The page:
Stir with ice and strain into coupe. Garnish with a cherry.
I love tiki. Don’t always have fruit. So here is one of my go-to drinks for such occasions. Fortunately, the Leopold Bros. cherry liqueur can add a great tart splash. Coconut and cherry with the rum, plus a little bitterness from the Averna and Angostura, and I don’t miss not having the fruit at all. Thank you, Leopold Bros!
Oh, Maururu is Tahiti for “Thank you.” There you go.
Shake with ice and strain into coupe. Garnish with cherry and lime.
Ok, here’s a confession. I love The Last Word, but I really dislike Maraschino liqueur. So often when I want that makeup for a drink I explore other ways to achieve it.
Here I really wanted that juniper aspect of the gin to shine through, so I lean heavily on the Copper & Kings offering as the base. For sweet, I opt for cassis, which can also add some tartness which allows me to pull back on the lime. Some additional sweet and bitterness comes from the Cocchi, and the piney bitters for me help to highlight that Juniper in the gin.
I made this drink at the end of 2020, so turning that last word into a farewell kiss seemed the perfect gesture. Although in retrospect I was too polite with my goodbye.
Not much to explain on this one. I started with a Japanese gin and wanted to highlight it with other Japanese ingredients. The yuzu liqueur offers enough acid that no citrus is needed, but more sweetness is necessary. Thus the ginger and lychee came to play. Finally, some yuzu bitters were added for balance. A nice, bright yet subtle drink.
I named this Shiodome as that was my first real introduction to Tokyo, off the plane and train. For a couple of years I went out fairly regularly for a job, around once a quarter, and the Shiodome district was where my clients — and my hotel — were located.
This one started out with me playing with the rhubarb and ginger liqueur. I wanted to pair that with the strawberry, but didn’t want too much additional sweetness so split that gin base with the Elephant London Dry, which I felt offered enough botanical interest to stand up to the other flavors. The Yellow Chartreuse smoothed things out and broadened the herbaceousness even further, but the drink needed some acid so a little lemon was added. The bitters completed the picture.
Yes, the name came directly because of the gin. Change the gin and you have to modify the name. Rules are rules.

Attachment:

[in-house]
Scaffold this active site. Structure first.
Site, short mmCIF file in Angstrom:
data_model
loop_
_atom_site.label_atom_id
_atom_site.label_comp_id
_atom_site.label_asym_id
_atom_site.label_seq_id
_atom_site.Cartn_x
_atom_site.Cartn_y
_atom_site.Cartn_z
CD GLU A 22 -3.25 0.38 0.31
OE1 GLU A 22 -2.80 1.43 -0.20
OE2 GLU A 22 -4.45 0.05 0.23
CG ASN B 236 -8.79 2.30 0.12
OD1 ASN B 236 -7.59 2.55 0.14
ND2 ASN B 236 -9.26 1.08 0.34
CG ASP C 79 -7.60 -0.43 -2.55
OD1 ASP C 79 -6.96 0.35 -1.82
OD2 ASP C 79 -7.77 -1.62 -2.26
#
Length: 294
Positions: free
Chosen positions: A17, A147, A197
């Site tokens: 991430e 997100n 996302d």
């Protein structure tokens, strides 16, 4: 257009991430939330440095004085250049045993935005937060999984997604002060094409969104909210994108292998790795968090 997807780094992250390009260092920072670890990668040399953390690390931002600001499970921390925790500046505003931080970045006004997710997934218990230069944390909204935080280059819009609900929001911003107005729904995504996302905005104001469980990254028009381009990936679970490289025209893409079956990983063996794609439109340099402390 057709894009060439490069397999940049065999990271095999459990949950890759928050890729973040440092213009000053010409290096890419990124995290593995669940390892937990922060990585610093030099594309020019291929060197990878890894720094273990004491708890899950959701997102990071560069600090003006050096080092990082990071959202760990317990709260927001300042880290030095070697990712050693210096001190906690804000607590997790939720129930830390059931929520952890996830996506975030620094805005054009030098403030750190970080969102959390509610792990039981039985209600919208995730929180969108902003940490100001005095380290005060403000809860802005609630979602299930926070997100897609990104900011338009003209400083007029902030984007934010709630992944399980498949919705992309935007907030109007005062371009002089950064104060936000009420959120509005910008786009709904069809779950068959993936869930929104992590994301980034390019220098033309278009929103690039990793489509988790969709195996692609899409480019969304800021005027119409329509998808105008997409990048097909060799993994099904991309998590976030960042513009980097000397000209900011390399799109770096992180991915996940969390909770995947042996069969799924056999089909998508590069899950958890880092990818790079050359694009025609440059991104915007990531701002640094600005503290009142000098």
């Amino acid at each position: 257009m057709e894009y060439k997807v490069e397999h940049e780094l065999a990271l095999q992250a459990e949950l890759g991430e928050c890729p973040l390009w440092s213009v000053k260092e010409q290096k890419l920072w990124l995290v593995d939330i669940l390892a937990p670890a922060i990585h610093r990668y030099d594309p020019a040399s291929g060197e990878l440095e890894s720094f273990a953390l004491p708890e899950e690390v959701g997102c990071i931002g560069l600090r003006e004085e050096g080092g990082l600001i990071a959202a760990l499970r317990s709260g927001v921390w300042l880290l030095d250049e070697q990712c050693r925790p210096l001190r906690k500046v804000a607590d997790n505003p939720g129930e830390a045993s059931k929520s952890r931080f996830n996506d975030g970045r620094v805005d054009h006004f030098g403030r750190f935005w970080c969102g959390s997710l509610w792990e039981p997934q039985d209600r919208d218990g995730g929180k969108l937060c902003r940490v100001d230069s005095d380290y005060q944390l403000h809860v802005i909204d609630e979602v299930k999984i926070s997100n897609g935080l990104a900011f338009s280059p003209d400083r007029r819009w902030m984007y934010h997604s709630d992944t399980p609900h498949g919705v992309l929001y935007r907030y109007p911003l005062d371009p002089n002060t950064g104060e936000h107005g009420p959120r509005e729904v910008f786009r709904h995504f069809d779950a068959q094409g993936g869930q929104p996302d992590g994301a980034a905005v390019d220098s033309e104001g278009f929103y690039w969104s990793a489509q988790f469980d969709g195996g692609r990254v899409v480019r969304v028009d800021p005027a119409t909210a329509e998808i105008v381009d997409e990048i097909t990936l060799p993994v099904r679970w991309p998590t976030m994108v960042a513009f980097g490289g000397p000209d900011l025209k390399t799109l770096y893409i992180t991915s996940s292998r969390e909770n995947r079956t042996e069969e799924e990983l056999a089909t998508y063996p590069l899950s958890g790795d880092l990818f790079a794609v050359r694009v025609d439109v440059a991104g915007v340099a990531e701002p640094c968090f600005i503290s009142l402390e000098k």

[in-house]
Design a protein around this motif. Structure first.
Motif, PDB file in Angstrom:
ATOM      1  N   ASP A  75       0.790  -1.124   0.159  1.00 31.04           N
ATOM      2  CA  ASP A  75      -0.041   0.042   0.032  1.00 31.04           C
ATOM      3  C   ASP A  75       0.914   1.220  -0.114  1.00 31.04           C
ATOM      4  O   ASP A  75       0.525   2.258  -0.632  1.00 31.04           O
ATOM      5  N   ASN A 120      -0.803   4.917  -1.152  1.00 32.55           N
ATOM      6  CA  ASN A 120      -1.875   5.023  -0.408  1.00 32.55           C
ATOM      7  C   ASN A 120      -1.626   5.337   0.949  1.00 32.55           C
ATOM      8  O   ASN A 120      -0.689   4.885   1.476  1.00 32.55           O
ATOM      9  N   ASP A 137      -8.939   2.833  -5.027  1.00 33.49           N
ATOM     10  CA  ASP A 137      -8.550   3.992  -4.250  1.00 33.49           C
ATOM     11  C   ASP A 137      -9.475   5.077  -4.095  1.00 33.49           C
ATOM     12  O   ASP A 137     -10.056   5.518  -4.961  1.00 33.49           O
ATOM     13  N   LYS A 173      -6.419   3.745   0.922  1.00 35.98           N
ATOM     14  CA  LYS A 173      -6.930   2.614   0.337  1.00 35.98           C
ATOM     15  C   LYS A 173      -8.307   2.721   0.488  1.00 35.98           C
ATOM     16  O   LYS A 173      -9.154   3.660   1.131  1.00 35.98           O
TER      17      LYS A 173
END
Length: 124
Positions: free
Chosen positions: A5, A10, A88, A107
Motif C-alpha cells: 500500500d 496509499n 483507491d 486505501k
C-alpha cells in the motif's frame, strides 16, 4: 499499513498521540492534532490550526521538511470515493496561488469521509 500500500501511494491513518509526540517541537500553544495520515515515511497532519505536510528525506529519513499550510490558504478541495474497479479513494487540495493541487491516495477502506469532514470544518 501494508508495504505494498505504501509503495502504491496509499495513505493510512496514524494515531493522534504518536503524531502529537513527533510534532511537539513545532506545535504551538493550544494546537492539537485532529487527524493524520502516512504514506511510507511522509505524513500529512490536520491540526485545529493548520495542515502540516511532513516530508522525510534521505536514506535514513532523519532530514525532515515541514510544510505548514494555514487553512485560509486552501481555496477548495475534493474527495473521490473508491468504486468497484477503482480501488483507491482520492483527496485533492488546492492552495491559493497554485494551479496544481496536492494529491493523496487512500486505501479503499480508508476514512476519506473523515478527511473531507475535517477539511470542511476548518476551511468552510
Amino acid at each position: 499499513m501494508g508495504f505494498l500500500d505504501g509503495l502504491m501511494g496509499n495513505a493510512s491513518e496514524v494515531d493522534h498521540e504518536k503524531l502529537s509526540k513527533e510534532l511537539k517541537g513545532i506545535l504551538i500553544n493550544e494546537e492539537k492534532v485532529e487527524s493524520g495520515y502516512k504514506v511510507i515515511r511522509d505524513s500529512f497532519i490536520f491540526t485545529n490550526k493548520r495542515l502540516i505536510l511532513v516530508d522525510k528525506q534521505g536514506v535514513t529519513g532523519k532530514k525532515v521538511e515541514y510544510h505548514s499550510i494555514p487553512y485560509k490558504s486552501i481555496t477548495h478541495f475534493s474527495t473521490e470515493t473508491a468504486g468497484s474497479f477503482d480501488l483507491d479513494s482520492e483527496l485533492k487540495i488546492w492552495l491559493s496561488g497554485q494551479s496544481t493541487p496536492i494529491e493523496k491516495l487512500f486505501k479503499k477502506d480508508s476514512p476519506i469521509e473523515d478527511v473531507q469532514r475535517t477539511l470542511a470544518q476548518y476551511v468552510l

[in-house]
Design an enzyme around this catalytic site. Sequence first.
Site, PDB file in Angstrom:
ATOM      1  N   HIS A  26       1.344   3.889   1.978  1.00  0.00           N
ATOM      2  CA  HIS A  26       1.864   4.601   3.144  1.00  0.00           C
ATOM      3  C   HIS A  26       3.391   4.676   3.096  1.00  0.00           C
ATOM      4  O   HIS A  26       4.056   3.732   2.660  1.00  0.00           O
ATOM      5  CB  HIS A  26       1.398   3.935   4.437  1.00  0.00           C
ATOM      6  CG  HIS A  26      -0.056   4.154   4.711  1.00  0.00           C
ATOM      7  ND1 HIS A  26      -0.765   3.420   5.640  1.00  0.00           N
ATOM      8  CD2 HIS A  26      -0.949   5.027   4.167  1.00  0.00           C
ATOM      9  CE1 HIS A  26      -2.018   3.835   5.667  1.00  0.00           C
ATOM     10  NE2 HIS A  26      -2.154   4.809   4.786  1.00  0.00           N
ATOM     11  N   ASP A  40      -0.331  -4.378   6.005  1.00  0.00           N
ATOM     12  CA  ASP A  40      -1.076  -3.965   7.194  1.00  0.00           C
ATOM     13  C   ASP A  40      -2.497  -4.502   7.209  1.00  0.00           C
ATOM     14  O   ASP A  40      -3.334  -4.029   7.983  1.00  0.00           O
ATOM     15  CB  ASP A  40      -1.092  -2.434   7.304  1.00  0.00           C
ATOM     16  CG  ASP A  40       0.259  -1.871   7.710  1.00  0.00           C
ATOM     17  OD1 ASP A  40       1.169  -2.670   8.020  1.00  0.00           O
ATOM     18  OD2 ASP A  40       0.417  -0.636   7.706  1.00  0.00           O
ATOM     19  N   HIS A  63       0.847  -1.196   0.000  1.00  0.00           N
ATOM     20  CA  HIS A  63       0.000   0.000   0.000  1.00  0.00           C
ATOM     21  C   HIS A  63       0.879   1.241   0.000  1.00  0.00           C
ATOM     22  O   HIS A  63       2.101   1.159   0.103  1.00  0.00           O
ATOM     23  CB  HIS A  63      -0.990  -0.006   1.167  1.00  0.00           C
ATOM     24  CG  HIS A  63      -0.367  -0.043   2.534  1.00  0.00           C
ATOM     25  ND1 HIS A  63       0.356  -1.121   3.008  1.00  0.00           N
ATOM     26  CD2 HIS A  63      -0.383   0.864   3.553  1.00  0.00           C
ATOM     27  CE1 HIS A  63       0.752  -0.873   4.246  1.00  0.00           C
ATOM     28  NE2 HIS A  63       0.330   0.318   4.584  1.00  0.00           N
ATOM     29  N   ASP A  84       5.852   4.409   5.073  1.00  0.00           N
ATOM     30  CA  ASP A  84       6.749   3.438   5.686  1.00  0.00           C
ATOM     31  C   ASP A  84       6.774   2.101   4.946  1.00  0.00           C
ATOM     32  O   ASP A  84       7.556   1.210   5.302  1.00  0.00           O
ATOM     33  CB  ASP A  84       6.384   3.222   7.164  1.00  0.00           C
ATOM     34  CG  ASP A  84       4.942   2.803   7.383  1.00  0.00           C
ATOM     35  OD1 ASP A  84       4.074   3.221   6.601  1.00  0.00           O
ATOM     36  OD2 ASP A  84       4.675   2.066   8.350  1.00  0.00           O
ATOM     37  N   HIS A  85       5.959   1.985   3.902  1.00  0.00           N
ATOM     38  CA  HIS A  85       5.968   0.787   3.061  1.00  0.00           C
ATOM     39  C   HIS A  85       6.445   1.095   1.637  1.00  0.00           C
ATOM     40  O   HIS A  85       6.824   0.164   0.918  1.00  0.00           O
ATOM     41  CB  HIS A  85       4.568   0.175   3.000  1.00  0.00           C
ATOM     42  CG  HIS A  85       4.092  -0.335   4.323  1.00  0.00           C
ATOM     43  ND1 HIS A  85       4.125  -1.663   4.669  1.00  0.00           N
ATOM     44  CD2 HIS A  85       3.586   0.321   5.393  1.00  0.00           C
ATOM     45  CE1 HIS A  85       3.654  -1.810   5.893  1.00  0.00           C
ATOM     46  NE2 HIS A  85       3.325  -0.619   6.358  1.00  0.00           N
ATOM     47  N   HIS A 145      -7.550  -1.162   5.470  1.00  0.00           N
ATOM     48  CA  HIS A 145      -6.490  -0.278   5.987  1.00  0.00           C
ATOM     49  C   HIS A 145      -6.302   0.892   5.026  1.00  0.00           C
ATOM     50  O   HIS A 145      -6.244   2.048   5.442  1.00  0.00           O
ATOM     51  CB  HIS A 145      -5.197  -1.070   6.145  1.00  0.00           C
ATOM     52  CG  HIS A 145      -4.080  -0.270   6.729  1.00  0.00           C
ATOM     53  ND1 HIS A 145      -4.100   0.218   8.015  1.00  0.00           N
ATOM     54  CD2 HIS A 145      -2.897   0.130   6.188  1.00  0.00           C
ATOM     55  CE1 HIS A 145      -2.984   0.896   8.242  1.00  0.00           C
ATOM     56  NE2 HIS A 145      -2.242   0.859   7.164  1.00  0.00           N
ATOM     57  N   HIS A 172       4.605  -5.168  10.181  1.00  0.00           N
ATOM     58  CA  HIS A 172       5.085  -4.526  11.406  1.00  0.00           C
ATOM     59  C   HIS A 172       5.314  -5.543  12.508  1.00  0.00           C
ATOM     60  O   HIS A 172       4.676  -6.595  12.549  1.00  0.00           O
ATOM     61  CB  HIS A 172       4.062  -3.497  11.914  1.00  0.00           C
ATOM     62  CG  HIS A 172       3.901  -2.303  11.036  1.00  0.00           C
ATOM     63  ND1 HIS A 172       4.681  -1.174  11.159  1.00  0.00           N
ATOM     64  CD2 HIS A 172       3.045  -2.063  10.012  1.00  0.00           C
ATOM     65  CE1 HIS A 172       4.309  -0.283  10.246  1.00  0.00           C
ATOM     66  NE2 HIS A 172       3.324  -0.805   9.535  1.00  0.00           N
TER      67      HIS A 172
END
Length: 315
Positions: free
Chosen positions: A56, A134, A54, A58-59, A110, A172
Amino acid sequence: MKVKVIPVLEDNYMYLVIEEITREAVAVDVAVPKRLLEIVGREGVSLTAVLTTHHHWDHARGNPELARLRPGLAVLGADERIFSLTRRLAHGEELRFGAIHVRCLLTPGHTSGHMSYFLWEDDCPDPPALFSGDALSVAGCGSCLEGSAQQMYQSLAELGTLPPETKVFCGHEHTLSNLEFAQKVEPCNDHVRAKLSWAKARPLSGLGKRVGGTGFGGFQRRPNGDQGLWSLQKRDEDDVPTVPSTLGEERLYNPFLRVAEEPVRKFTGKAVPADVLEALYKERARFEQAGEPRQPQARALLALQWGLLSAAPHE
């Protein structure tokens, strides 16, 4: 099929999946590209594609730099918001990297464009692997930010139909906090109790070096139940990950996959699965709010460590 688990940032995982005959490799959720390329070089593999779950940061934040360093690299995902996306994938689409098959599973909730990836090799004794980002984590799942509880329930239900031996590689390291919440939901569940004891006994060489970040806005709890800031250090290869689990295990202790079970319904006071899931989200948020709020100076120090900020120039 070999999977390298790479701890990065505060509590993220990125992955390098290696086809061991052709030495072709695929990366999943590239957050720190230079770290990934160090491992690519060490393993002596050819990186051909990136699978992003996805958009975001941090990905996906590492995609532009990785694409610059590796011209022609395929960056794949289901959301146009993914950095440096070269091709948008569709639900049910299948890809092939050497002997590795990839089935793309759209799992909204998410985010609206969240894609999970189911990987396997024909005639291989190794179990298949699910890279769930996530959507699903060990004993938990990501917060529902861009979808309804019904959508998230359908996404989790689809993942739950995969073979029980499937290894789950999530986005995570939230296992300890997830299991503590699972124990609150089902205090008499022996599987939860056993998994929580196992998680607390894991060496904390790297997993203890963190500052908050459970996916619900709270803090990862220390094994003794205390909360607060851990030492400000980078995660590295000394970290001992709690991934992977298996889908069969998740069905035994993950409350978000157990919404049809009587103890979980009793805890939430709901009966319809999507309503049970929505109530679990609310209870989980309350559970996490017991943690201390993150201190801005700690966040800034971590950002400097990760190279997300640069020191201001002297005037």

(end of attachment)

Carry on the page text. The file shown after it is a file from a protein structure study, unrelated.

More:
I’m not sure what led me down a path of bananas and chilies, but it works. I stuck with tequila to match the chile liqueur, and added lemon for some acid then some bitter amaro and Angostura.
The drink has a nice sweetness and bite. I thought the sign from the Chinese Zodiac was fitting for a name. Too bad it’s not for 2020. But the Water Rat doesn’t sound like a good drink. Though perhaps it is appropriate for the year thus far.
Here’s a rum twist on a Twentieth Century Cocktail, one of my favorite gin drinks. Obviously rum is subbed for the gin, and the ratios were then tweaked to my taste.
Since the original drink’s name comes from the train transport between Chicago and New York City, I thought in this case with the Florida and (originally) Cuban rum it was only appropriate to name the drink after the common transport on that route back during Prohibition, the Ford Trimotor, nicknamed the Tin Goose.
There have been other Tin Goose cocktails, I must admit, but it seemed too perfect for this drink to not use. And the drink will be gone before anyone notices.
Here’s a little hodgepodge of a cocktail that came from me wanting to use up my Mandarine Napoleon which I’ve had on the shelf for years, a Cognac-based orange liqueur. I mixed this with lemon and mint, then some Kina for bitterness and sweetness. The latter needed a little amping up, and so the simple syrup was added.
Wasn’t sure of a name, but working from the Mandarine I went with something Chinese over Mexican or French, but really this was an international endeavor. For me, the prevailing flavor was the mint, so I focused on that with the name. Not sure the pun works, but does that really matter when you enjoy what you’re sipping?
This one started out in a completely different place as sort of a rum Manhattan, and over iterations evolved until I noticed mostly French ingredients. So I decided to swap in rhum agricole from Martinique split with Cognac instead of the original rum, and then added a dash of Benedictine for good measure, and got this complex sipper.
The French angle had me thinking of French corsairs in place of English privateers, and doing a bit of reading found the term “guerre de course,” meaning “commerce raiding” which is such a fancy term for pirating. Fancy name for a fancy drink.
Stir with ice and strain into teacup. Garnish with fresh cinnamon.
The quince gin was a recent tasty acquisition and I wanted to play around with it. Doing a little exploration on flavor pairings I saw that quince and coffee can work together so I grabbed the Leopold Bros. coffee offering and used the apple brandy as a base (the quince gin is fairly sweet). Still needed a little additional bitterness, and that’s where the Cynar came in. The final drink had a nice sweet and bitter balance, and the cinnamon on the nose played wonderfully with the apple and quince.
Second breakfast I guess is a “thing”, though I never heard it until Fellowship of the Ring. But an apple and coffee is a common offering so it seemed perfect for this drink. Not a bad way to start the day. Again.